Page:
As of October, Idaho has recovered faster than most other states from the sudden, enormous economic losses caused by the coronavirus shutdowns in March and April. Idaho’s long-term population and economic growth gives it strong upward economic momentum. In addition, the shutdowns in the state at that time did not as severely restrict economic activity as it did in many other states.
Despite Idaho’s relative success, it’s not back to normal, and 26,400 more Idahoans were unemployed in October than in February, according to seasonally adjusted labor force statistics from the Idaho Department of Labor. In the uncertain atmosphere caused by COVID-19 and a global economic slowdown, it’s likely that restoring all the jobs lost during the pandemic will take several months. Continue reading →
Tamarack Aerospace Group is continuing its rapid expansion and is on track to triple its space in Sandpoint with additional office and hanger facilities. The company, which successfully completed a restructuring and emerged from bankruptcy filings, is aiming to leverage the new space for intensified research and development. Source: Journal of Business
Lakeside Capital Group LLC is planning a large new residential development on more than 1,000 acres of land, located between Post Falls and Coeur d’Alene. The land, acquired by the developer last year, was recently rezoned from agricultural land to transitional use. The planned new residential community, called Coeur Terre, could potentially include more than 2,000 units in a mixture of single and multi-family developments. Source: Journal of Business
Hagadone Hospitality is working on a new mixed-use development in southeastern Coeur d’Alene, which will feature three 200-foot tall towers to include a mixture of hotel rooms, apartments and condominiums. The development is still in the planning stage, has not been assigned an address and does not have a concrete timeline for completion yet. Source: Journal of Business
COVID masking mandates in northern Idaho are in flux, with the Panhandle Health District rescinding its mask order and the city of Coeur d’Alene implementing a mask order of its own, which went into effect on Oct. 27. Coeur d’Alene Public Schools are currently facing a significant COVID-19 outbreak, with large numbers of students quarantined. Source: Coeur d’Alene Press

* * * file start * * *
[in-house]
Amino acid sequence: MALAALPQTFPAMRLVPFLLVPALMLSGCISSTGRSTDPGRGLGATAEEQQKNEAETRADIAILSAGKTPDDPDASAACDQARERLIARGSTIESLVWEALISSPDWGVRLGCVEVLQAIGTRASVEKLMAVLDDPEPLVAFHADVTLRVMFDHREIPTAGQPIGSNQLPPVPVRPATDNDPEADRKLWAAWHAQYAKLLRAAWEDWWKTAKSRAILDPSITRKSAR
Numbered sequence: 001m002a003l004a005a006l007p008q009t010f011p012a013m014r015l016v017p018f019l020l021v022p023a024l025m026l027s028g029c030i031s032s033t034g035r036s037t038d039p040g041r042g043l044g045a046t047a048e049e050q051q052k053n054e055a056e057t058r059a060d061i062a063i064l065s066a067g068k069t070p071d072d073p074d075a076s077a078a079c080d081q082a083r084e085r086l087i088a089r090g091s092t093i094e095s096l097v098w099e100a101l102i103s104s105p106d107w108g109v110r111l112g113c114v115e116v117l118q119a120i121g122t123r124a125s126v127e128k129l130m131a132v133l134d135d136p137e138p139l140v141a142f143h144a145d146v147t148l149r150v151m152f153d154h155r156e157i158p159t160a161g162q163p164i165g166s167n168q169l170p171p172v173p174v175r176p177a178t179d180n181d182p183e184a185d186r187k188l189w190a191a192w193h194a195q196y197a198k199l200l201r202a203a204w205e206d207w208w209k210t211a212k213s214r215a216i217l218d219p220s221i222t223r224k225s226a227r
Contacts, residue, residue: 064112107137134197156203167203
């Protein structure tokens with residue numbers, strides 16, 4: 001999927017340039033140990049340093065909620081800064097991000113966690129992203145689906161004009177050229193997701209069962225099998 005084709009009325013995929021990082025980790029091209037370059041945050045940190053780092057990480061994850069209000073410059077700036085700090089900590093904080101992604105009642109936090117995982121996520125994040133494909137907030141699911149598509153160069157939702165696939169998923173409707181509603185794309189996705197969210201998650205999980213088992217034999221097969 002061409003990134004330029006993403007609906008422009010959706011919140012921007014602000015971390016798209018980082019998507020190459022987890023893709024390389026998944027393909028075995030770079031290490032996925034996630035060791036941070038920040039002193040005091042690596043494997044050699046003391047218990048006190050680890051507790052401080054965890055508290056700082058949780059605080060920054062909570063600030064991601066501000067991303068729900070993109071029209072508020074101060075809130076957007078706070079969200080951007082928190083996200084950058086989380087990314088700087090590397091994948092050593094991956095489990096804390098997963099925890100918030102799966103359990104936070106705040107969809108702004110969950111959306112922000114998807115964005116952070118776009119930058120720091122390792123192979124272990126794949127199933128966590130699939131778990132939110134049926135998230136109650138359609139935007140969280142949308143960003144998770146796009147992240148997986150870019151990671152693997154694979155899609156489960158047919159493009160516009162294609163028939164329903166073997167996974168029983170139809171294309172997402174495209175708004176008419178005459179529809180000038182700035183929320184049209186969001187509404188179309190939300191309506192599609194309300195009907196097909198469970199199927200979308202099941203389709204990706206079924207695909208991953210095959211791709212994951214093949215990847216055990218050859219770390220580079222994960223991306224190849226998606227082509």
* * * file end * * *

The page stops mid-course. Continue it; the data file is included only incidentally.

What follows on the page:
Fatbeam LLC – a Coeur d’Alene-based fiber provider – is introducing a new product called Cloudbeam, which will allow its customers to connect securely to cloud services. Cloudbeam will function as Fatbeam’s proprietary alternative to VPN (virtual private network) services. Source: Journal of Business
Engel & Volkers, a German-based international luxury real estate brokerage, has opened an office in Coeur d’Alene with plans for a Sandpoint office in 2021. Source: Journal of Business
Quest Integration Inc., a Post Falls technology firm providing support for the manufacture and design of 3D printers, has been acquired by Hawk Ridge Systems, a California-based manufacturer of 3D printing systems. Quest will continue to operate under that name during the integration process but will eventually operate under the Hawk Ridge name. Source: Journal of Business
Tamarack Aerospace Group, which successfully emerged from bankruptcy this year, is expanding its operations by adding a hanger and additional office space in Sandpoint, as well as a new facility in the United Kingdom. The new hanger space will be used for the installation of Tamarack’s fuel-efficiency boosting jet winglets. Source: Journal of Business
Construction is underway on a new five-story, 62-unit apartment complex in Coeur d’Alene’s Riverstone development. Completion is anticipated for fall, 2021. Source: Coeur d’Alene Press
Coeur d’Alene City Council voted to demolish two abandoned hotels in the city. The hotels were acquired by the city in a land swap with the local charity organization St. Vincent de Paul. A new use has not been confirmed for the land currently occupied by the hotels, but public parking and a pocket park have been suggested by the city’s planning officials. Source: Coeur d’Alene Press
Public schools in Coeur d’Alene have pushed back the start of school to Sept. 14 and will begin with a blended learning approach that combines online learning with classroom time. Students will attend school in person on alternate days (determined alphabetically by last name) to halve classroom size on any given day. Source: Coeur d’Alene Press
The annual Paul Bunyan Days festival in St. Maries has been cancelled due to COVID-19. The four-day event is normally held around Labor Day to celebrate St. Maries’ logging community. This is the first time in the 51-year history of the festival that it has been cancelled. Source: Coeur d’Alene Press
The Panhandle Health District approved a public mask mandate for Kootenai County. The mandate will make it a misdemeanor to be in public places without a mask in situations where social distancing is not possible. Source: Coeur d’Alene Press
StanCraft has expanded its development plans at the Coeur d’Alene Airport to include an additional hanger. The Hayden-based company has been building facilities for the retrofitting and customization of jet interiors, with two previously planned hangers expected to come online this fall and a new third hanger now planned for 2021. Source: Journal of Business